Set max.result.size x handler.count less than survivor space

-XX:CMSInitiatingOccupancyFraction=70

eden区使用并行收集：-XX:+UseParNewGC

-XX:+UseCMSInitiatingOccupancyOnly

#### 46.5.2. OS-Level Tuning

Turn transparent huge pages (THP) off:

echo never > /sys/kernel/mm/transparent_hugepage/enabled
echo never > /sys/kernel/mm/transparent_hugepage/defrag
Set vm.swappiness = 0

Set vm.min_free_kbytes to at least 1GB (8GB on larger memory systems)

Disable NUMA zone reclaim with vm.zone_reclaim_mode = 0x

# 47. Special Cases

## 47.1. 对于那些希望快速失败而非等待的应用(For applications where failing quickly is better than waiting)

In hbase-site.xml on the client side, set the following parameters:

Set hbase.client.pause = 1000

Set hbase.client.retries.number = 3

If you want to ride over splits and region moves, increase hbase.client.retries.number substantially (>= 20)

Set the RecoverableZookeeper retry count: zookeeper.recovery.retry = 1 (no retry)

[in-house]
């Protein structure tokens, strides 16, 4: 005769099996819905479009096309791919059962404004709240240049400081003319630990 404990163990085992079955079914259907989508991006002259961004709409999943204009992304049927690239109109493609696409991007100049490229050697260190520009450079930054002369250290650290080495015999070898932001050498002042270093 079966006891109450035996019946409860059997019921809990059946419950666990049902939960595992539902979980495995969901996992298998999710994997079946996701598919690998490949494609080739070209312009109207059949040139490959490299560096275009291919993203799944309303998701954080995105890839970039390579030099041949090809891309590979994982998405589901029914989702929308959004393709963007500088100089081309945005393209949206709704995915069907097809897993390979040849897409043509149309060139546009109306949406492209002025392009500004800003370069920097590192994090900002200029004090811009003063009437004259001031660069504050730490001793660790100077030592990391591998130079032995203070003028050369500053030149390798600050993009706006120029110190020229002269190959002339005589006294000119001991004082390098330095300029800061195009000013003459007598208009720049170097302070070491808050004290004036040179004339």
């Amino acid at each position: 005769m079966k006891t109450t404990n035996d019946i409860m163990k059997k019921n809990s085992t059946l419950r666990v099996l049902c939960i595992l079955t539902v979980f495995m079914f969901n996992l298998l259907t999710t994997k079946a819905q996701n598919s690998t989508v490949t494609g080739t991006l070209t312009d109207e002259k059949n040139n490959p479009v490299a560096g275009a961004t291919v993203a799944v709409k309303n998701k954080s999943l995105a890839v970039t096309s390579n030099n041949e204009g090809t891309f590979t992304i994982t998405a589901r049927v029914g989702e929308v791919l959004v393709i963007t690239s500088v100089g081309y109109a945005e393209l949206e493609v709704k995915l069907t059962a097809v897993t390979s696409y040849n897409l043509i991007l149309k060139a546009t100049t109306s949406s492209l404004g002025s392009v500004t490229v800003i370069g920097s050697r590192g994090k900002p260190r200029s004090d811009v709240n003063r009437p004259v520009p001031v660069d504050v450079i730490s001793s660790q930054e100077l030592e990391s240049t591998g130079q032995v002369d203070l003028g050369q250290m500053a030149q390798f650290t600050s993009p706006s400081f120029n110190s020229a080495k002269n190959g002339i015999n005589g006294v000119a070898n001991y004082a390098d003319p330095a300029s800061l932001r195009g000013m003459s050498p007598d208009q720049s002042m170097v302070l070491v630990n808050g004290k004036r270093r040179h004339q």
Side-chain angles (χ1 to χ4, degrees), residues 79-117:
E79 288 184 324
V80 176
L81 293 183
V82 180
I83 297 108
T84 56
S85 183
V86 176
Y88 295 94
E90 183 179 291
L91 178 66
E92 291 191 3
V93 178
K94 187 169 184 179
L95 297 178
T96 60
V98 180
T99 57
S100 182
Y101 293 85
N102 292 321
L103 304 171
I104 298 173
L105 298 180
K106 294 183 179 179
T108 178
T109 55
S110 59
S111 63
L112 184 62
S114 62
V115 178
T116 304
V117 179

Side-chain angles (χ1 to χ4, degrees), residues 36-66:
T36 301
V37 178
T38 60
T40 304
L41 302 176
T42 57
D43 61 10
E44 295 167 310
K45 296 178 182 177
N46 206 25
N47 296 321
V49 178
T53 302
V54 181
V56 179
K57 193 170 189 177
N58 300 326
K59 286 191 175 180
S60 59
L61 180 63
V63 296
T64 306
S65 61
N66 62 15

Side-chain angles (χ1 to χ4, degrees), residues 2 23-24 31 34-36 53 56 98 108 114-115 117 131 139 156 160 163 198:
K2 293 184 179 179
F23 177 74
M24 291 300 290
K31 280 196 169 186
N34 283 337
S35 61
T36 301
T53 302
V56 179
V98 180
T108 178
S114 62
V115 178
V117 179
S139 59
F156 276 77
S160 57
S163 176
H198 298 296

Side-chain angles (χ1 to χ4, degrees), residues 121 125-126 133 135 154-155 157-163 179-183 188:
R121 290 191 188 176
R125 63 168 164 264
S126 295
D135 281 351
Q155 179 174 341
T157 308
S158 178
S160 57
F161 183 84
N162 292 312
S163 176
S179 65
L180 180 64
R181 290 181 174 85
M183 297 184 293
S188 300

In hbase-site.xml on the server side, set the Zookeeper session timeout for detecting server failures: zookeeper.session.timeout ⇐ 30 seconds (20-30 is good).

## 47.2. 对于那些能够容忍稍微过时信息的应用(For applications that can tolerate slightly out of date information)

HBase timeline consistency (HBASE-10070) With read replicas enabled, read-only copies of regions (replicas) are distributed over the cluster. One RegionServer services the default or primary replica, which is the only replica that can service writes. Other RegionServers serve the secondary replicas, follow the primary RegionServer, and only see committed updates. The secondary replicas are read-only, but can serve reads immediately while the primary is failing over, cutting read availability blips from seconds to milliseconds. Phoenix supports timeline consistency as of 4.4.0 Tips:

• Deploy HBase 1.0.0 or later.
• Enable timeline consistent replicas on the server side.
• Use one of the following methods to set timeline consistency:

• Use ALTER SESSION SET CONSISTENCY = 'TIMELINE’
• Set the connection property Consistency to timeline in the JDBC connect string

HBase时间线一致性(HBase -10070)在启用读副本的情况下，region的只读副本分布在集群中。 一个RegionServer提供默认的或主副本服务, 写服务只能由该副本提供. 其它RegionServers提供从副本服务, 跟进主RegionServer, 只对已提交的更新可见.从副本是只读的，但当主副本挂掉时，能够立即提供读服务，将读不可用的时间从秒级减少到毫秒级。 Phoenix从4.4.0开始支持时间线一致性:

• 部署HBase 1.0.0之后的版本。
• 在服务端启用时间线一致性.
• 使用下述的方法之一来配置时间线一致性:

• Use ALTER SESSION SET CONSISTENCY = 'TIMELINE’
• Set the connection property Consistency to timeline in the JDBC connect string